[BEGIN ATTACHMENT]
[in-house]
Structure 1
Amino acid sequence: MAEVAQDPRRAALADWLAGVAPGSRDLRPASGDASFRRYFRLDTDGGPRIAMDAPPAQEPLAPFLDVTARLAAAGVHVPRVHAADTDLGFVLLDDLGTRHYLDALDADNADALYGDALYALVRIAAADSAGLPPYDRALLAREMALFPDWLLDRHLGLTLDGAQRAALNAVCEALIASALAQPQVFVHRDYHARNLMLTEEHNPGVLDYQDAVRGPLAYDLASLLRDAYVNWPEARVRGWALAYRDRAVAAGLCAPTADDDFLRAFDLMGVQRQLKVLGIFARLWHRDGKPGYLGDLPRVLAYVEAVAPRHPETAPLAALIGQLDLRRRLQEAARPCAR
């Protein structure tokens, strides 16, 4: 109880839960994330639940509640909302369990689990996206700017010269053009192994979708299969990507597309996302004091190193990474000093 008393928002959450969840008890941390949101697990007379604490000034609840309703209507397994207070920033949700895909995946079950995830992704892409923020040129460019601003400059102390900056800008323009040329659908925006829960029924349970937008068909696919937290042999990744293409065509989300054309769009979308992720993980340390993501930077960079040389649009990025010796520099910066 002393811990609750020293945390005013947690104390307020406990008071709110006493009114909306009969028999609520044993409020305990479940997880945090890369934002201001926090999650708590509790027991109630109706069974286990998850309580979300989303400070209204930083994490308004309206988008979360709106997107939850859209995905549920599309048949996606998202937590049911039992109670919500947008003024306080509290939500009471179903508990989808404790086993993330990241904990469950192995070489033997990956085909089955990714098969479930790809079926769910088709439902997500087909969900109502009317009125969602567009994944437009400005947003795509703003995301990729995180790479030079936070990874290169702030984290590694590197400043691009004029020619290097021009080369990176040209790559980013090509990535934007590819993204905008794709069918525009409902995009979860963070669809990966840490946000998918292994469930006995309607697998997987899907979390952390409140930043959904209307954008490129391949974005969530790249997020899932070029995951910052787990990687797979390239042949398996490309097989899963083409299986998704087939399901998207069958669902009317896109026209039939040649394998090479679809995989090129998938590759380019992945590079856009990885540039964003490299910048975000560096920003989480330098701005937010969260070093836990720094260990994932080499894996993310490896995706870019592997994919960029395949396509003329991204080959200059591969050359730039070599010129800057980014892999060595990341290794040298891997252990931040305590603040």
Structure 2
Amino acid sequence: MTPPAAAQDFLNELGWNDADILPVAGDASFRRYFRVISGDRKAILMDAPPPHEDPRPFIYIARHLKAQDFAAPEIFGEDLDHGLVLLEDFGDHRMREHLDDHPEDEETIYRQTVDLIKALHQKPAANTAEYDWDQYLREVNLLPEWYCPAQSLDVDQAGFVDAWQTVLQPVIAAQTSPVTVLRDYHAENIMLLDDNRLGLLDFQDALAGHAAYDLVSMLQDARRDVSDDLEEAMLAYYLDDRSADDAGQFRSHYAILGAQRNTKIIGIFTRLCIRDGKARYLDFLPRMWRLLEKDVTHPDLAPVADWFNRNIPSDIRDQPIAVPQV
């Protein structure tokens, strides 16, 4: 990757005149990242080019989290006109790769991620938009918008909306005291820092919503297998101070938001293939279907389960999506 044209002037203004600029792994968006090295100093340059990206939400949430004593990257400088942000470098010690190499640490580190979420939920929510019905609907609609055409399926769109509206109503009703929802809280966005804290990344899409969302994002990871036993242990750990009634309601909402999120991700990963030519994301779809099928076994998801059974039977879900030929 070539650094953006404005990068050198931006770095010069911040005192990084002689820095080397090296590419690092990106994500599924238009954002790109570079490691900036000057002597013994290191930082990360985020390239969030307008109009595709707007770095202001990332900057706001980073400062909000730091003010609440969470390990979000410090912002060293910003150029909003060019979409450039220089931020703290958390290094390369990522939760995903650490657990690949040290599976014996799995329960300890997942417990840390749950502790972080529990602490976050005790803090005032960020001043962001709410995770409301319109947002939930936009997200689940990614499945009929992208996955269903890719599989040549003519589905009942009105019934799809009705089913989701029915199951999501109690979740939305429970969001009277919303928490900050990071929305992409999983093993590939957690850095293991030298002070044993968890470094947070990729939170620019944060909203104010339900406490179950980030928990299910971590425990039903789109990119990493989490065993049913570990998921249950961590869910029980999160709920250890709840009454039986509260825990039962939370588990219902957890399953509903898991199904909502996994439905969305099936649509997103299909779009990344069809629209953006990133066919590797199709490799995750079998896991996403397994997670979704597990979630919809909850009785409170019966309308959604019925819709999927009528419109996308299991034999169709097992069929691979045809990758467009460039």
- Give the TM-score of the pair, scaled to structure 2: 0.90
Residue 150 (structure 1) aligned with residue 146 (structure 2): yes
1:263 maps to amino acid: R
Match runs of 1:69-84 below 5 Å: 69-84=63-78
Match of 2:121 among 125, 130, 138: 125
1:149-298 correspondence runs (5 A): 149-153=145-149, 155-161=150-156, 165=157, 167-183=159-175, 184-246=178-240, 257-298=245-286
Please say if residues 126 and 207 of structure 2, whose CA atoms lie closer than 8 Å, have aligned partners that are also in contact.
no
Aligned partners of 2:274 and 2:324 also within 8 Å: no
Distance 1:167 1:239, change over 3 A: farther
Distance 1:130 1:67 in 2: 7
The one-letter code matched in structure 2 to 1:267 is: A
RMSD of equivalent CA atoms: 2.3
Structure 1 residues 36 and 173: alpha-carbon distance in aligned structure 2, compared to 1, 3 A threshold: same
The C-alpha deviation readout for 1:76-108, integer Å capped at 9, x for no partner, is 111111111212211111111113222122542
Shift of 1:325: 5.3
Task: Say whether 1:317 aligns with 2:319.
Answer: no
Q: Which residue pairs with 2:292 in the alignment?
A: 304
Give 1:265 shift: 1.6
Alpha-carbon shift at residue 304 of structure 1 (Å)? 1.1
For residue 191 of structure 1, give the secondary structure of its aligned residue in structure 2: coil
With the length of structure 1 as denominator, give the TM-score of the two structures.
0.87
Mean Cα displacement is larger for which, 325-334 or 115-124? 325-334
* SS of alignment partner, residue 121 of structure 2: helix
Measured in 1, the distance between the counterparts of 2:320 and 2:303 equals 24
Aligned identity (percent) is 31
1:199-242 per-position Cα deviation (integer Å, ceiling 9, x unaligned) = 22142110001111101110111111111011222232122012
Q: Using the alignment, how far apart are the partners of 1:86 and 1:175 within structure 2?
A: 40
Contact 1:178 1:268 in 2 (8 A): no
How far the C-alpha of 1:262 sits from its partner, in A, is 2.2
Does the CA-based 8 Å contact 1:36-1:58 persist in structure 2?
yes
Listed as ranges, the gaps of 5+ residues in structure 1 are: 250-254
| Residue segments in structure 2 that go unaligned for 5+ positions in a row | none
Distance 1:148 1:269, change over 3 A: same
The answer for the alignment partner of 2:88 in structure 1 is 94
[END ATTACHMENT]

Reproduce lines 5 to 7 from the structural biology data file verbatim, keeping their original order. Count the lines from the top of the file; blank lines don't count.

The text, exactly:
Structure 2
Amino acid sequence: MTPPAAAQDFLNELGWNDADILPVAGDASFRRYFRVISGDRKAILMDAPPPHEDPRPFIYIARHLKAQDFAAPEIFGEDLDHGLVLLEDFGDHRMREHLDDHPEDEETIYRQTVDLIKALHQKPAANTAEYDWDQYLREVNLLPEWYCPAQSLDVDQAGFVDAWQTVLQPVIAAQTSPVTVLRDYHAENIMLLDDNRLGLLDFQDALAGHAAYDLVSMLQDARRDVSDDLEEAMLAYYLDDRSADDAGQFRSHYAILGAQRNTKIIGIFTRLCIRDGKARYLDFLPRMWRLLEKDVTHPDLAPVADWFNRNIPSDIRDQPIAVPQV
């Protein structure tokens, strides 16, 4: 990757005149990242080019989290006109790769991620938009918008909306005291820092919503297998101070938001293939279907389960999506 044209002037203004600029792994968006090295100093340059990206939400949430004593990257400088942000470098010690190499640490580190979420939920929510019905609907609609055409399926769109509206109503009703929802809280966005804290990344899409969302994002990871036993242990750990009634309601909402999120991700990963030519994301779809099928076994998801059974039977879900030929 070539650094953006404005990068050198931006770095010069911040005192990084002689820095080397090296590419690092990106994500599924238009954002790109570079490691900036000057002597013994290191930082990360985020390239969030307008109009595709707007770095202001990332900057706001980073400062909000730091003010609440969470390990979000410090912002060293910003150029909003060019979409450039220089931020703290958390290094390369990522939760995903650490657990690949040290599976014996799995329960300890997942417990840390749950502790972080529990602490976050005790803090005032960020001043962001709410995770409301319109947002939930936009997200689940990614499945009929992208996955269903890719599989040549003519589905009942009105019934799809009705089913989701029915199951999501109690979740939305429970969001009277919303928490900050990071929305992409999983093993590939957690850095293991030298002070044993968890470094947070990729939170620019944060909203104010339900406490179950980030928990299910971590425990039903789109990119990493989490065993049913570990998921249950961590869910029980999160709920250890709840009454039986509260825990039962939370588990219902957890399953509903898991199904909502996994439905969305099936649509997103299909779009990344069809629209953006990133066919590797199709490799995750079998896991996403397994997670979704597990979630919809909850009785409170019966309308959604019925819709999927009528419109996308299991034999169709097992069929691979045809990758467009460039």